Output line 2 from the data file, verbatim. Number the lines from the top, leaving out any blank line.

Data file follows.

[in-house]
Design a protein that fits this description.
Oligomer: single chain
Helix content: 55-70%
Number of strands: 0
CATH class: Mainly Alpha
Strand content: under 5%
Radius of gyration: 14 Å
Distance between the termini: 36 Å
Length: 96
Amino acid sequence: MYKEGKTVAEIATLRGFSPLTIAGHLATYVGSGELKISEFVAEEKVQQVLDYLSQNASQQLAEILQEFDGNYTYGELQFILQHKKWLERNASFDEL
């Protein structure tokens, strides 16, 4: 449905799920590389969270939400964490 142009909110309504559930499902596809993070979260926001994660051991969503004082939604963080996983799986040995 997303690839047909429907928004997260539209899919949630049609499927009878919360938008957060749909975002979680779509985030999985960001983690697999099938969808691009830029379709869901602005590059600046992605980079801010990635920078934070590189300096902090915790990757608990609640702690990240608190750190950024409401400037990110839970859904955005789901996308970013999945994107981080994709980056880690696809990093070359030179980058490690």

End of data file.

Design a protein that fits this description.